Palm Beach Town Attorney Says Trump Can Live At Mar-a-Lago Full-Time
The town attorney in Palm Beach, Fla., John Randolph, has sent a memo to the mayor and town council backing former President Donald Trump's claim that nothing prevents Trump from living full-time at his private club, Mar-a-Lago. At least one of Trump's neighbors has asked town officials to enforce an agreement that prohibits any club members from living there full-time.
The issue has put officials in the tony enclave in a tough spot — caught between the contentious and litigious former president and the island's other wealthy residents.
In his memo to the mayor and council, Randolph agrees with an analysis presented by Trump's lawyer in Palm Beach, John Marion. Trump bought Mar-a-Lago in the mid-1980s and in 1993 asked the town's approval to convert it to a private club. The town agreed. But, among the stipulations was one that prevents any member of the club from staying there more than three weeks every year. Trump's attorney at the time told the town council that Trump would not live there, and would only use Mar-a-Lago's guest rooms as a club member.
In his letter to town officials, Trump's current lawyer, Marion says that verbal statement, made nearly 30 years ago, carries no legal weight. Because it wasn't included in the written agreement, Marion says, "Nothing that may have been said by or on behalf of any of the parties. ... before it was entered into is relevant." Marion says the town's zoning code makes clear that Trump can legally reside at Mar-a-Lago full-time.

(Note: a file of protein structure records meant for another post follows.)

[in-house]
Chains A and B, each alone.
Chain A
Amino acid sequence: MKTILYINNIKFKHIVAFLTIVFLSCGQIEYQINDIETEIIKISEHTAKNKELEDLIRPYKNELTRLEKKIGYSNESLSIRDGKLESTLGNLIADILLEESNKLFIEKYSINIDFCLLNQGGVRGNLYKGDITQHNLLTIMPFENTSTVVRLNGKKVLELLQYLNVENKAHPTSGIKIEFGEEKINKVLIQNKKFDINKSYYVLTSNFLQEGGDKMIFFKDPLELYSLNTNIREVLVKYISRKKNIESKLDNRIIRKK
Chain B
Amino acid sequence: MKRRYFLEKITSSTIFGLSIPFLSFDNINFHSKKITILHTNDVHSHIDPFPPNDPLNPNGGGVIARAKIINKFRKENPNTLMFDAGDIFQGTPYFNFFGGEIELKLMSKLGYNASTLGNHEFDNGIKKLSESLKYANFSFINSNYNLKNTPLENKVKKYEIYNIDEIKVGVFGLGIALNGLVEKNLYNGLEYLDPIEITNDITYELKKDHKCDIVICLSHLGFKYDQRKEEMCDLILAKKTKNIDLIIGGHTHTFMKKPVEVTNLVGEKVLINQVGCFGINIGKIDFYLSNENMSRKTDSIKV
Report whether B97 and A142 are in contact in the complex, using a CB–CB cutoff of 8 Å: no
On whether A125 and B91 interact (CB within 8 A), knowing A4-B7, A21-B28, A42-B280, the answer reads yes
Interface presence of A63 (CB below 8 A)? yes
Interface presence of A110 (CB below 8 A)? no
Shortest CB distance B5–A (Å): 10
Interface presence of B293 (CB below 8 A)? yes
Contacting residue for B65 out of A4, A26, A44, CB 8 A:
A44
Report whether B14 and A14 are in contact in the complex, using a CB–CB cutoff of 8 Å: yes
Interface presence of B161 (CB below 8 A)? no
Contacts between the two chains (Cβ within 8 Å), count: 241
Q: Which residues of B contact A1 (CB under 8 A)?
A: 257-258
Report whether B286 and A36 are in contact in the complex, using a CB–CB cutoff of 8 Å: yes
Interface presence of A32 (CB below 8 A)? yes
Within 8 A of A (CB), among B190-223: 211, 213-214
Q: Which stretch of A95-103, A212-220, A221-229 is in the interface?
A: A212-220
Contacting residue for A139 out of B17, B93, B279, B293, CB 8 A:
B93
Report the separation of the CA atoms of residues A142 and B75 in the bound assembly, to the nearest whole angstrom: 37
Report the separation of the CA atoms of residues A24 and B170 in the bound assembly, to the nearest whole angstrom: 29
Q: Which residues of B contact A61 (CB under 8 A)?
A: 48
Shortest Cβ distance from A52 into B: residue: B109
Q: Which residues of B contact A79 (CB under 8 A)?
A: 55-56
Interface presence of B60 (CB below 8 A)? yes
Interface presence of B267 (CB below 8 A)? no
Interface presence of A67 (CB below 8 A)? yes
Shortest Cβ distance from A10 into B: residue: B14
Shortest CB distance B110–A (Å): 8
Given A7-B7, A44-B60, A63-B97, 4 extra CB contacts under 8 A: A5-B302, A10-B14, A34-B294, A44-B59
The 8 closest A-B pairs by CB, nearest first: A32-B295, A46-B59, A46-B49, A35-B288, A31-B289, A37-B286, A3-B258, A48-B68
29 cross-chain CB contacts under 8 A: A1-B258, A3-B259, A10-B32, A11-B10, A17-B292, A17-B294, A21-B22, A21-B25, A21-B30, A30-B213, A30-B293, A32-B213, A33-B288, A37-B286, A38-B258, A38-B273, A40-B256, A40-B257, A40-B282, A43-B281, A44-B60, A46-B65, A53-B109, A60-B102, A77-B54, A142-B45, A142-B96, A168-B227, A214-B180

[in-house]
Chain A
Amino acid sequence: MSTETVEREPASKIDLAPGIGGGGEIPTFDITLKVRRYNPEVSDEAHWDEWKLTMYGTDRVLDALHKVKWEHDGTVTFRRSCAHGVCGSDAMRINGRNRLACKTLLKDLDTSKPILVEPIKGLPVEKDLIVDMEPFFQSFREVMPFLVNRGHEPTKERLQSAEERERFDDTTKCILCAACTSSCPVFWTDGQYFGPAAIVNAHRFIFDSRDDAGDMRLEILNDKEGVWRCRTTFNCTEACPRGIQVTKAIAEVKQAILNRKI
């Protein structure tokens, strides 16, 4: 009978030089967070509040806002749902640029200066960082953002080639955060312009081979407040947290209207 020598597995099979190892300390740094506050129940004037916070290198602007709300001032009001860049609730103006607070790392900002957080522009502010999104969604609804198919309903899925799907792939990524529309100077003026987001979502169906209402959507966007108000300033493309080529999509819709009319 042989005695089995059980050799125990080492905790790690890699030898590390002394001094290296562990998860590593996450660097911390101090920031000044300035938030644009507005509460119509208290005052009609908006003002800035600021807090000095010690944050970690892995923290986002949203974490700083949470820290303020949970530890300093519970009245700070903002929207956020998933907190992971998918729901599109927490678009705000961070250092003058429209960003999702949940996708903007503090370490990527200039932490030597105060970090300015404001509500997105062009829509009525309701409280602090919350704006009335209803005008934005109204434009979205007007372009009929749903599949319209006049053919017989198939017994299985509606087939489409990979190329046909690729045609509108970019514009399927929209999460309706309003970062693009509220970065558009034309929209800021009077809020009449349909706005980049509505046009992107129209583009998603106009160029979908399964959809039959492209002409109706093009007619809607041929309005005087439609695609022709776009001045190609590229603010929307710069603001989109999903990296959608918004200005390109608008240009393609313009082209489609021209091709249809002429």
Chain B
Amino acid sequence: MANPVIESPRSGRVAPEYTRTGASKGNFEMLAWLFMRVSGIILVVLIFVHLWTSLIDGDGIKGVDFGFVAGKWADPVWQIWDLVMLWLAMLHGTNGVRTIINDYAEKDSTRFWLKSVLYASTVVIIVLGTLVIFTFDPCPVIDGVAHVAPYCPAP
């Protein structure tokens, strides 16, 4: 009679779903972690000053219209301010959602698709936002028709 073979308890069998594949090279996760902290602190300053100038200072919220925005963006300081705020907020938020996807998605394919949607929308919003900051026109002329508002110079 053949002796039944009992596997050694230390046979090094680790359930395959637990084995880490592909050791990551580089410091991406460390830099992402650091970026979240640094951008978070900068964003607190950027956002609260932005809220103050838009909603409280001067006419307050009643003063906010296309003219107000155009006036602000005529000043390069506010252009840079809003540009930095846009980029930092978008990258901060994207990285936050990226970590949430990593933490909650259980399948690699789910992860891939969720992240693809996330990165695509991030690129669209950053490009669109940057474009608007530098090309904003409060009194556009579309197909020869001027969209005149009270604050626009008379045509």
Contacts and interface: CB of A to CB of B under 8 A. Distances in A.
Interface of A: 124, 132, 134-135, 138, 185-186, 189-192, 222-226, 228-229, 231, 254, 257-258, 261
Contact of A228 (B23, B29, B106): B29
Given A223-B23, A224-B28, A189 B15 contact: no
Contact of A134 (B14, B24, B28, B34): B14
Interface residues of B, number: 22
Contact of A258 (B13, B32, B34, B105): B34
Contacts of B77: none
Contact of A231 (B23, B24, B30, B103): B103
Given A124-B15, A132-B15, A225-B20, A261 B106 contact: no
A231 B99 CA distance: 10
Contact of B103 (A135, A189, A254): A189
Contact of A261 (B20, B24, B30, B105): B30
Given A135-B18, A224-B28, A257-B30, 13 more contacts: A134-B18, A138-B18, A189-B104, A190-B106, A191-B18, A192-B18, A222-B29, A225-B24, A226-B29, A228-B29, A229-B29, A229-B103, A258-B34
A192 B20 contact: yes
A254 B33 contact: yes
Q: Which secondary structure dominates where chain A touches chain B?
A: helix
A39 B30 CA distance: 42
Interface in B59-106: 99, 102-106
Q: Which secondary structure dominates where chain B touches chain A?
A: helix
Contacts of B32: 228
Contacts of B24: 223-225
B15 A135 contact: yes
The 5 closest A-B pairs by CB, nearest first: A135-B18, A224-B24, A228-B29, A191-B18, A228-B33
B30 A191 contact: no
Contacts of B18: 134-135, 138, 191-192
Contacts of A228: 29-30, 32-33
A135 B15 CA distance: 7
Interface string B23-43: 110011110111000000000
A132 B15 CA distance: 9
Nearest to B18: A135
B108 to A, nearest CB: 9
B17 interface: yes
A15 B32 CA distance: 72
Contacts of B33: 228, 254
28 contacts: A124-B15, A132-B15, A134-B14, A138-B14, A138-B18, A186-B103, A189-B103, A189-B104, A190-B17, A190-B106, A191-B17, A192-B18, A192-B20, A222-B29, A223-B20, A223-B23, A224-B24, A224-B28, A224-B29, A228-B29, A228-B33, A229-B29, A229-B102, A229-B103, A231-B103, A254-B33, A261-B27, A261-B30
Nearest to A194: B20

Palm Beach town attorney Randolph agrees. In his memo to town officials, he says under the zoning code, private clubs may only provide living quarters to "bona fide employees." "Sole proprietors, partners, limited partners, corporate officers and the like" are included in the code's definition of employees. Referring to Trump, Randolph concludes, "It appears the Zoning Code permits him to reside at the Club."
Palm Beach's Town Council is set to discuss the issue at its Feb. 9 meeting. Randolph recommends that officials hear from "all interested parties, including but not limited to the neighbors at Mar-a-Lago." In December, an attorney representing at least one of the neighbors of the club asked town officials to enforce the 1993 agreement. Among the neighbor's concerns are a security barrier installed by the club that uses microwaves that may "cause permanent brain trauma and other debilitating injuries."
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